According to Albert Elagu an electric technician from HIE Security Systems, wiring or electrical installation begins as far back as the house plan. “The system is designed and allocated for on the plan according to the individual’s needs. Changes often occur even during construction so it is always best to what until the house has reached the plaster level and the contractor informs you that there are no more changes expected to start planning to chisel and conduit the finished areas using the information from the contractor,” Elagu adds.
It is advisable to write down the purposes of each room which will guide on the number of outlets required and consequently will help you to calculate the amount of wires, conduits, types of outlets, size of the main distribution board (MDB), division of power so as to balance the current, the earthing type and requirements, the time to finish and many more.
Elagu advises on finding out the type of soil on which your structure is built because that information will guide you during earthing to avoid your electro installation becoming a shocking hazard and being rejected but the Electrical Distribution Authority.
Get genuine parts
He urges that the electrical installation contractor must have a valid electrical installation certificate from Uganda Electricity Distribution Authority. “Ugandans like cutting corners. They will opt to hire an unlicensed contractor if he is cheaper. The danger here is that such people do not think twice about bending rules since they are not answerable to anyone resulting in unfortunate accidents,” he adds.
After deciding what will be included in every room, the real work begins with chiselling and conduiting the whole building. Next is plastering the finished work, running the wires according to the gauge for the different outlets provided, earthing, and installation of appliances such as sockets, switches and heaters.
Earthing is the method used to connect an electrical system to the earth with a wire which offers critical protection against electric shock and electrocution by using a rod to provide a third path for conducting electricity in the event of a short circuit or an overload.
“Lastly crosscheck all installation, test for shorts and any loose connections and all the earthing and make sure they meet the required International Electrical Standard Measurements/ units so that when UMEME comes to a ward you a certificate and connect you to the power supply line, you meet their requirements,” Elagu explains.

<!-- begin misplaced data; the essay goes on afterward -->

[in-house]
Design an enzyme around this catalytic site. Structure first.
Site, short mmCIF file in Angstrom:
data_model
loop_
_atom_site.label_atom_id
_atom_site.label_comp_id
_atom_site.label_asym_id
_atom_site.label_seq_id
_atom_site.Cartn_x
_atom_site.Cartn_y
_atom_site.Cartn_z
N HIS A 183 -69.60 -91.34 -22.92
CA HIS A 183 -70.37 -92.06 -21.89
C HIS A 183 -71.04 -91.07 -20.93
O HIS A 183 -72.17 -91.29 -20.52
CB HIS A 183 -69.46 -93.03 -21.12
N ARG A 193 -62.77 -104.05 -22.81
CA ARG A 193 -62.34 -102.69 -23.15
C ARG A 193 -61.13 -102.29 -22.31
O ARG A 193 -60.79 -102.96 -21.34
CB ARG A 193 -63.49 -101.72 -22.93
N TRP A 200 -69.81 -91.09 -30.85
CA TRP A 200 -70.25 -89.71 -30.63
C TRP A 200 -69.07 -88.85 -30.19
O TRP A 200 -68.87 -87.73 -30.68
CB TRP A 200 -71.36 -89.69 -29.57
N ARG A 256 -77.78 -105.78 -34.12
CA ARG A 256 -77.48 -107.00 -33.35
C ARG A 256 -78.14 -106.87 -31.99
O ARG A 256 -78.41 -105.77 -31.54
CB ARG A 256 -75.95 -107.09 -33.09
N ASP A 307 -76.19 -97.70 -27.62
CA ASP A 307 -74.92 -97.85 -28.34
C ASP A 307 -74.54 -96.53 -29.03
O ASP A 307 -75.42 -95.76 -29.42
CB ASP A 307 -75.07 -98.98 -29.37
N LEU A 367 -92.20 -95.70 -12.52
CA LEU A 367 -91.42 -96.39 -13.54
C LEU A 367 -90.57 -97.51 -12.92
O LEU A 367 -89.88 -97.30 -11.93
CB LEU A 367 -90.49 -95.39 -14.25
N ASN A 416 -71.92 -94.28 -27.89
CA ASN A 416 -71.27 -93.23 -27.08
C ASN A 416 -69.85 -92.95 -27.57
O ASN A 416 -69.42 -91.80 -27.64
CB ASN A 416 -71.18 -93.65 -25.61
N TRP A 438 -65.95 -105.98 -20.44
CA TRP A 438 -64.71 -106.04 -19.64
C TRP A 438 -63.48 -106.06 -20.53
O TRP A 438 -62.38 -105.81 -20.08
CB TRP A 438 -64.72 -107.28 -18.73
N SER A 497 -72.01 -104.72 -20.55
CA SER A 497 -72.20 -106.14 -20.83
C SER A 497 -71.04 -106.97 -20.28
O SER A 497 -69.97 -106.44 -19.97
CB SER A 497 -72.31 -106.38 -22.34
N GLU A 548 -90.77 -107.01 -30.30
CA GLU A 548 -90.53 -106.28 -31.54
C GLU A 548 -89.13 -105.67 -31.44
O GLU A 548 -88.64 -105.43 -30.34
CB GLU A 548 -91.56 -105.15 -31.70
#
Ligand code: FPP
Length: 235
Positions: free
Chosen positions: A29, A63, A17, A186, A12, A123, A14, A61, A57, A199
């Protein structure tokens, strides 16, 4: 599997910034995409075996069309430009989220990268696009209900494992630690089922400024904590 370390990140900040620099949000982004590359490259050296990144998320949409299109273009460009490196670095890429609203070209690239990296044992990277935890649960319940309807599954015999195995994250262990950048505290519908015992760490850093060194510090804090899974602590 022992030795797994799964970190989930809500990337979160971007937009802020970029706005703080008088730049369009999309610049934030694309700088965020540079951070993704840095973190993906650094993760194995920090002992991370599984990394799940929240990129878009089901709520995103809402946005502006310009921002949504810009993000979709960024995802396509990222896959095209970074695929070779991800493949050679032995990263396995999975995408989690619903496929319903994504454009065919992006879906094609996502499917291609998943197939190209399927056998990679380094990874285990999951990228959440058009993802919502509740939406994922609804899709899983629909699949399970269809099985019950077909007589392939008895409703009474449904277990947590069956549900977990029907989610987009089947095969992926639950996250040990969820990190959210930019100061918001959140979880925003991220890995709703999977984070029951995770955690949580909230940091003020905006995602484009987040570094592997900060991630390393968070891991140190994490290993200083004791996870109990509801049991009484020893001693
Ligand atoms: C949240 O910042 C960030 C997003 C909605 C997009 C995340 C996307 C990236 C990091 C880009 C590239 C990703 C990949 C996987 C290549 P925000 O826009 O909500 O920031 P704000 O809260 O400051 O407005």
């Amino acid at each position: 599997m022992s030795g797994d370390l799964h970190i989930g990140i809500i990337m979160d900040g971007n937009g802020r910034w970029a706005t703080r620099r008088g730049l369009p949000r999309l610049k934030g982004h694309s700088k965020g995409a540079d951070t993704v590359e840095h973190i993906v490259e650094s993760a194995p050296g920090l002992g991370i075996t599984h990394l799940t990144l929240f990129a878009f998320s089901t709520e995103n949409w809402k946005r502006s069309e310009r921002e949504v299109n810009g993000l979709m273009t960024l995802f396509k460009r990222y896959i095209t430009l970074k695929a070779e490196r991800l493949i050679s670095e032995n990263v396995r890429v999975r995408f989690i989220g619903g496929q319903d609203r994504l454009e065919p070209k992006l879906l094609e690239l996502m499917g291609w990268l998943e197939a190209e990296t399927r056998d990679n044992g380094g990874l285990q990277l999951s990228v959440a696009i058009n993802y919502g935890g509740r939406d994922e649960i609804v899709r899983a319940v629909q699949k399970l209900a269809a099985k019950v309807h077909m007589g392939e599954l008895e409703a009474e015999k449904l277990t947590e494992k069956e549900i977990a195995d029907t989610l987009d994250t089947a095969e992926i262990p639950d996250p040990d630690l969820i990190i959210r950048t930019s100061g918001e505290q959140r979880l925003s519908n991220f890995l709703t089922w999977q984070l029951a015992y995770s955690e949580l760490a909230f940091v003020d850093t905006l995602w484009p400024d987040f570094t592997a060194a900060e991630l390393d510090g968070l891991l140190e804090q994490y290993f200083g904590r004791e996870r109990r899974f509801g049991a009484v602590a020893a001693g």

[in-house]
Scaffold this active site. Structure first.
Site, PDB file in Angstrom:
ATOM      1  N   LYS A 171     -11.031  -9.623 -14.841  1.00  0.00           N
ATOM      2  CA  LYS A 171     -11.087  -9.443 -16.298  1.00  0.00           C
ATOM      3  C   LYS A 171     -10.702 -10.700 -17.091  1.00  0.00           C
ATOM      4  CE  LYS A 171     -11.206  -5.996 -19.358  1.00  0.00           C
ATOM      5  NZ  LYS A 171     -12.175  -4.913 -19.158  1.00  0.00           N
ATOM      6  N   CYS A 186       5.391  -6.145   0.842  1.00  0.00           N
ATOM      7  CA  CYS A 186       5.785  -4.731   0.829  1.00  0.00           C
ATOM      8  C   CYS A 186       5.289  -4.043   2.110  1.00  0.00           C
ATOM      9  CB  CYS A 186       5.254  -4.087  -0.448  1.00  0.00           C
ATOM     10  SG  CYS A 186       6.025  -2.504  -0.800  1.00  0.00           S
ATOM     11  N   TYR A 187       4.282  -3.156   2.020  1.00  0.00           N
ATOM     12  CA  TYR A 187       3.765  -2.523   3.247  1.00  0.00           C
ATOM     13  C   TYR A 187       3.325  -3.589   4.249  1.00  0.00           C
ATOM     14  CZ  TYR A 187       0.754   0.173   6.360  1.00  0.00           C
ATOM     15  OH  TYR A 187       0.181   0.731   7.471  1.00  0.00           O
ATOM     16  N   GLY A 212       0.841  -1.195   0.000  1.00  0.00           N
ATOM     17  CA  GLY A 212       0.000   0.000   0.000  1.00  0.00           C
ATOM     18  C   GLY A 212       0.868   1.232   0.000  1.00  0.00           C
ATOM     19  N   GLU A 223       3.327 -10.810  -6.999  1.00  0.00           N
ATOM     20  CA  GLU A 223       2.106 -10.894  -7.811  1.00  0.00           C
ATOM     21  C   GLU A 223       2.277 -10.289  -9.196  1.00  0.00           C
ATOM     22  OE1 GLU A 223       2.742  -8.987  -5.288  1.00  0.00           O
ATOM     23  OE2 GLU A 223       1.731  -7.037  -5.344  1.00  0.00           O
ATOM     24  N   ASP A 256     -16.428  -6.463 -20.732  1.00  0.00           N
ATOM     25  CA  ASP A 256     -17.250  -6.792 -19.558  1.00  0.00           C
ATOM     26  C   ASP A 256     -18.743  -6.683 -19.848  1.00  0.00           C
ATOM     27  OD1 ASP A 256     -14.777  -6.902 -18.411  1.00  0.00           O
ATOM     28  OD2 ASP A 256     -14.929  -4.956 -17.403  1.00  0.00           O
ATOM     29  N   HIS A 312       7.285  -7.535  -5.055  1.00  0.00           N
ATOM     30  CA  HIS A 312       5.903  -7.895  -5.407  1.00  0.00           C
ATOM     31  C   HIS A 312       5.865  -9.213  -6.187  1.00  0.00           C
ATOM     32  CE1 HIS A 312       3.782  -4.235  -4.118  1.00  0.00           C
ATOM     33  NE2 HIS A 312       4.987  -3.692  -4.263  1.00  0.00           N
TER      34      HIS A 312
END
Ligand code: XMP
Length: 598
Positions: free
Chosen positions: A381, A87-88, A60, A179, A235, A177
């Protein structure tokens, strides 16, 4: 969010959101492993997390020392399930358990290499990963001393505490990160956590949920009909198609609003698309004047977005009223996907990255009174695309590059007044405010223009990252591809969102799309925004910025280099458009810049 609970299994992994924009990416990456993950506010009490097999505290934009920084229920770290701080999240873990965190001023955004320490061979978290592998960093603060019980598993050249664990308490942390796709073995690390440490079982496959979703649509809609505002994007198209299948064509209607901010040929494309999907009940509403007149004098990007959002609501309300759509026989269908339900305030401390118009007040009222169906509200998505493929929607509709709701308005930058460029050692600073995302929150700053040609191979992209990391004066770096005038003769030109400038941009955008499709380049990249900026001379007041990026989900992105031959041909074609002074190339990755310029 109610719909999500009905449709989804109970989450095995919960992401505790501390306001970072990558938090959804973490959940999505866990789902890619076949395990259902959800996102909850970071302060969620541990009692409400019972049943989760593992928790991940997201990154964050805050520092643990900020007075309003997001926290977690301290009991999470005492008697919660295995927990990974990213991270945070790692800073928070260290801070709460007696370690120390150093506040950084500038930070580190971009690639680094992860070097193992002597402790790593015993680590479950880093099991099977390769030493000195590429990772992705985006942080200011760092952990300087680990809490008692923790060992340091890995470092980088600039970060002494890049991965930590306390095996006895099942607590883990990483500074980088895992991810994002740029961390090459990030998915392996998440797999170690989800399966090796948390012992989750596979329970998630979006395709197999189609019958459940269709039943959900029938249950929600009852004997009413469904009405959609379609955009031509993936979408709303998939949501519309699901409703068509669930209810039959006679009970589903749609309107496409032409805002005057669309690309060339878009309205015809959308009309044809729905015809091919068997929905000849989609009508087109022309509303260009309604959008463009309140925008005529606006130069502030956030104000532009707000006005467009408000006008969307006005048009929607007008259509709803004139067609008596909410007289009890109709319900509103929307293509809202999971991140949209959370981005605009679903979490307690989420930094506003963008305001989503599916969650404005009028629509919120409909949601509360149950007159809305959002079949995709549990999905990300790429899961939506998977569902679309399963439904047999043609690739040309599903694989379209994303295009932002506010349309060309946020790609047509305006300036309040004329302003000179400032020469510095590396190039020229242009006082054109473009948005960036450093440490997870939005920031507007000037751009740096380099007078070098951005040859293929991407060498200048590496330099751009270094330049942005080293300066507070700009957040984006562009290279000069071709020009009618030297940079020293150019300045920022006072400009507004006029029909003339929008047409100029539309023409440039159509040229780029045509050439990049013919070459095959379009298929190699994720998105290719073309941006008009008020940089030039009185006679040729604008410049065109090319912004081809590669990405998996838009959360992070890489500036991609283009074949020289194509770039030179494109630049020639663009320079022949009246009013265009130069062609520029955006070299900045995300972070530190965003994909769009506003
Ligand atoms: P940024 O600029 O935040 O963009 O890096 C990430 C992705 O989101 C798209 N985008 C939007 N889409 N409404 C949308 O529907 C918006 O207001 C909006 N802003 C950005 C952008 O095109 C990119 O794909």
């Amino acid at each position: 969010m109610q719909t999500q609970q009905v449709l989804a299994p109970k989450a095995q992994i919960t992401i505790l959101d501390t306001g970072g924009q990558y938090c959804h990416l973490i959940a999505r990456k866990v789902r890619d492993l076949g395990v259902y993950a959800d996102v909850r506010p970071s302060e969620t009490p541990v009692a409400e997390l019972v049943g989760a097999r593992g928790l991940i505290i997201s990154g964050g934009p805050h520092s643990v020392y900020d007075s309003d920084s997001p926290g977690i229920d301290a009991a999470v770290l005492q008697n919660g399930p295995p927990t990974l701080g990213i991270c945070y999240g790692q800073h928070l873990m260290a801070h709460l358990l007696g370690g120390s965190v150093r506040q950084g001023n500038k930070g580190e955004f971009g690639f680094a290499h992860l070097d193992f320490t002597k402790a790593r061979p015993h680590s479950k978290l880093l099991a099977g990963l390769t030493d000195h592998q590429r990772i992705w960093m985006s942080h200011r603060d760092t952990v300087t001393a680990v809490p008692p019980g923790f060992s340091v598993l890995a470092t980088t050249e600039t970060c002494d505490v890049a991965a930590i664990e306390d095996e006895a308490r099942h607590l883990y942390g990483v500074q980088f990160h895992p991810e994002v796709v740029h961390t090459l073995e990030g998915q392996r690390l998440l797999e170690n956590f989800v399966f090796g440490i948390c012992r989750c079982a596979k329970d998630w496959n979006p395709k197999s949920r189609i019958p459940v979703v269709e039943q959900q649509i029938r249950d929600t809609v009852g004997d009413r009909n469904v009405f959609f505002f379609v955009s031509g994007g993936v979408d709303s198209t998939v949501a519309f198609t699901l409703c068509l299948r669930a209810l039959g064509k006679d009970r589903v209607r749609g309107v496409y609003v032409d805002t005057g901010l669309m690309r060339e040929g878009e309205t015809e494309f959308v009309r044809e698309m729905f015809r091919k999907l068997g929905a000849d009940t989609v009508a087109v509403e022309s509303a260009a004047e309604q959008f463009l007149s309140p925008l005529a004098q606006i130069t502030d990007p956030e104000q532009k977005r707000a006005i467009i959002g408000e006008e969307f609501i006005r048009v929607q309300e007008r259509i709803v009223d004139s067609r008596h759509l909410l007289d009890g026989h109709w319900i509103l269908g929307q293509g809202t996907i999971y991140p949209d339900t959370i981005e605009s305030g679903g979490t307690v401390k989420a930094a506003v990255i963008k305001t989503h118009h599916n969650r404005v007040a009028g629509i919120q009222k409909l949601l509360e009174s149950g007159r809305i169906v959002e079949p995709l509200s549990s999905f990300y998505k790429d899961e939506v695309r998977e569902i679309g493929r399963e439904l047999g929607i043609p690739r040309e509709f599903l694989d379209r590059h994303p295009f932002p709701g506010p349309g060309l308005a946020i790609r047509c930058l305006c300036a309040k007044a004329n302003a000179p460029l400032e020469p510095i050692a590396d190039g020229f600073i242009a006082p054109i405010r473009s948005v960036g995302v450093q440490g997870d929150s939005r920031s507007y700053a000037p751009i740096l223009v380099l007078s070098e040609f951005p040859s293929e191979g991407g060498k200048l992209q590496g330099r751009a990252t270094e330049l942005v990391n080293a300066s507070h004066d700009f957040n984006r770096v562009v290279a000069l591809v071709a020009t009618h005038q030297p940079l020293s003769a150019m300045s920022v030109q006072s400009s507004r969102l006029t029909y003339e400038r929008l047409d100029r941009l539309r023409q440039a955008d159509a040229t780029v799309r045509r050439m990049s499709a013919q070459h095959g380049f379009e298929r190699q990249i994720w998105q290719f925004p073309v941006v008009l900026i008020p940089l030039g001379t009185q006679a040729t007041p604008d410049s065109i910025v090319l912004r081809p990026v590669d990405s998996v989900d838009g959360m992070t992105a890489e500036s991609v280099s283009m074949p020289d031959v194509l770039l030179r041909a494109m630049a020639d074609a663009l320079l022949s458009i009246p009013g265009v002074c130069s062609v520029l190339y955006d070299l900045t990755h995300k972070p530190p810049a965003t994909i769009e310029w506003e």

Most modern home wiring circuits consist of a single, vinyl-jacketed electrical cable containing two or more insulated solid-copper wires plus a bare copper grounding wire. One of these wires, the so-called “hot” leg, is usually covered in black insulation and carries the electricity from the main service panel to the outlets or fixtures. If there is a second or third hot leg in the cable, its insulation is often red or blue. The “neutral” wire is covered in white insulation, and it returns the electricity back to the panel. The grounding wire (bare or covered in green insulation) is there to protect you from shock by diverting any stray current directly to earth, such as in the event of a short circuit or other fault.
The electric meter is mounted outdoors where electricity enters your home. This device is used to measure the amount of electricity that is consumed in your home. The meter is monitored by your electric utility company and is protected by law—tampering with it is both extremely dangerous and illegal.
Must have fuses and circuit breakers
Fuses and circuit breakers are safety devices that help prevent overloading of your home electrical system and prevent fires. They stop the electrical current if it exceeds the safe level for some portion of your home electrical system.